For those of you who clicked on this because you were on Twitter when it published and have very little idea what I’m talking about: in the late nineteen-fifties an English poet named Ted Hughes met and married an American poet named Sylvia Plath. They were very happy for a time and had two children, but the relationship suffered on account of a) two artists living in the same house, attempting to make art simultaneously, and b) Plath’s homesickness (they lived in England), depression and obsession with her dead father, for whom she may have had the Electra Complex. In 1962 Hughes left Plath for one of the married tenants of their London flat and on 11th February 1963 Plath locked herself in her kitchen, put her head in the oven and turned on the gas. Because they were still married at the time, Hughes inherited Plath’s estate and had control over the publication of her unfinished work. This made a lot of people, especially feminists, to whom Plath had become something of an icon, quite angry. They berated Hughes for both his Plath’s-work-publication decisions and his I-won’t-discuss-my-dead-wife-in-public decisions (this amplified when Assia, the woman for whom Hughes left Plath, also committed suicide via gas oven, this time before ensuring small children were safe from the fumes; their daughter died too). Finally, in 1998, when Hughes knew he was terminally ill, he published Birthday Letters – a book of letter-like poems that mostly addressed Plath and alluded to her work and their lives together. This was seen by many readers to be Hughes’ ‘confession’, his version of their marriage and his part – if there was any – in her death.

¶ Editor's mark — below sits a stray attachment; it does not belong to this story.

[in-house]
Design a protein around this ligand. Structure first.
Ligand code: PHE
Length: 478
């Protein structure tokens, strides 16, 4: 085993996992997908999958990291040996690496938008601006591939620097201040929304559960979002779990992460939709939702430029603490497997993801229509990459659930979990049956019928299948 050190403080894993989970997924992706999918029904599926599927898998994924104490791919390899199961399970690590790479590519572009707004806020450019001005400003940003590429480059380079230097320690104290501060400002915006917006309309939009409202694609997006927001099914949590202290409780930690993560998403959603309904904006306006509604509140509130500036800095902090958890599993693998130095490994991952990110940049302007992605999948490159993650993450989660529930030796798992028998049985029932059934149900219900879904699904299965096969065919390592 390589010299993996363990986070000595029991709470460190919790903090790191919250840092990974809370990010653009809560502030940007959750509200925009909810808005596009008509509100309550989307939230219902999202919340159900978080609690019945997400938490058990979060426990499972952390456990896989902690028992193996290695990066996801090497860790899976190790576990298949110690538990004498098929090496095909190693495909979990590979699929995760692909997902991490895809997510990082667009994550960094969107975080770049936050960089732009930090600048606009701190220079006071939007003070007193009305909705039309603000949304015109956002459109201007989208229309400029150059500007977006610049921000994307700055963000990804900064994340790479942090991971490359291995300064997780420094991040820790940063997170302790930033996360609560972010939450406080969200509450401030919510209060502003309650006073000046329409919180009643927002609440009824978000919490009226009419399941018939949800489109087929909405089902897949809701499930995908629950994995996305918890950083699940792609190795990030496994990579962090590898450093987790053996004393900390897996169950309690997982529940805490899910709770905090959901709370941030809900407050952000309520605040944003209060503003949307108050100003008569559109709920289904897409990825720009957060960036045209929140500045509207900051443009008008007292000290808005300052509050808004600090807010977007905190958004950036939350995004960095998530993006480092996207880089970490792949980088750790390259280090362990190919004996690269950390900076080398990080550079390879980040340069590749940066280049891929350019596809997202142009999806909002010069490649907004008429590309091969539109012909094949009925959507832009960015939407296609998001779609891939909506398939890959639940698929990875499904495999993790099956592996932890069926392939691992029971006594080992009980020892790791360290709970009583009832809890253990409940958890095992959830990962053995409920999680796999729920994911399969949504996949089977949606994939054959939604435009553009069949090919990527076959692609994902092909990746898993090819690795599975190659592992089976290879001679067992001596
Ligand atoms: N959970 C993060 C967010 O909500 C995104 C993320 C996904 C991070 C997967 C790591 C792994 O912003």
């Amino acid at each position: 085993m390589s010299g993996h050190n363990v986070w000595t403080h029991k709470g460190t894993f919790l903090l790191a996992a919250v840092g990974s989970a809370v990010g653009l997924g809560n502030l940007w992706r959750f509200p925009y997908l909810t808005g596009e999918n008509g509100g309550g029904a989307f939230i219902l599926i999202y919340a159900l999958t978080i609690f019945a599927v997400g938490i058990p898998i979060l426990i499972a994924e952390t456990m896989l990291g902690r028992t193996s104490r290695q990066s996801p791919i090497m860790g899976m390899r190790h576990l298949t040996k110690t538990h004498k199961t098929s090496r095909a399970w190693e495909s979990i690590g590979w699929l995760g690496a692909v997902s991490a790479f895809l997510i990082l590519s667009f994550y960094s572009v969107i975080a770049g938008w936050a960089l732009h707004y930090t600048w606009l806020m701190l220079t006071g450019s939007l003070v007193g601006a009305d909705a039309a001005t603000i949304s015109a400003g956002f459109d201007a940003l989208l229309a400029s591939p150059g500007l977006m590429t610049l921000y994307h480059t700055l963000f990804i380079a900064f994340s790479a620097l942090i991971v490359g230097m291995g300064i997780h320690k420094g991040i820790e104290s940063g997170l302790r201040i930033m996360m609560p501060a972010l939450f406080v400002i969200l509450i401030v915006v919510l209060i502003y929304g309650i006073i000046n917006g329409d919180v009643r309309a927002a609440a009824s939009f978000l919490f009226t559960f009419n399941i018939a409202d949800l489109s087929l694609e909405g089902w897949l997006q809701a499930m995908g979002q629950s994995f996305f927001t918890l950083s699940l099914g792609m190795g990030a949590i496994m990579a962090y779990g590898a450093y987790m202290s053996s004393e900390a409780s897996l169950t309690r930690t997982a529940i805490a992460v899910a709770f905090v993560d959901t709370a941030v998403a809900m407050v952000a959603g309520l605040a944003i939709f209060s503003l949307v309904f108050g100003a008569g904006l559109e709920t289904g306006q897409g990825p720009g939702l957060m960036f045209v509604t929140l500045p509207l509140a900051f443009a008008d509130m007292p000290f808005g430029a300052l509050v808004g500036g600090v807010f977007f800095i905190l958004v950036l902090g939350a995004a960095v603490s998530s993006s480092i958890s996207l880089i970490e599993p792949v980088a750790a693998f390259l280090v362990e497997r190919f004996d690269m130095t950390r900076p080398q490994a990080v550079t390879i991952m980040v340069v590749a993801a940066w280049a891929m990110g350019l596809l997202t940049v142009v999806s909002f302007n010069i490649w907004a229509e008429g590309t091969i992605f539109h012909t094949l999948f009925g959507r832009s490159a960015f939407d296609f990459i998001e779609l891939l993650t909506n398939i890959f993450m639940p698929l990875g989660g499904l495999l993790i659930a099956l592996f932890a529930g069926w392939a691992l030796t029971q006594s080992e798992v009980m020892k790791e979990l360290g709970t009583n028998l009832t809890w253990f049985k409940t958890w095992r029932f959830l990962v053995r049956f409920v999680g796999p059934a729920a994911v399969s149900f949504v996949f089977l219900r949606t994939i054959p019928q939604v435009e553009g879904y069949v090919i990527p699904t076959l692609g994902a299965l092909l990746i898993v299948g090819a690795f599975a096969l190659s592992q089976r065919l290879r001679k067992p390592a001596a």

Hughes and Plath. From 'The Times'
Hughes and Plath. From ‘The Times’

To be honest, I think it’s all bullshit. Not the feminism part. Not the poetry part (despite what my English teacher may tell you). But the part where generations of people think it’s okay to scrutinise someone’s private life, to probe into the untimely death of a young mother regardless of the feelings of her widower and their little children, and to pass judgement on the whole debacle.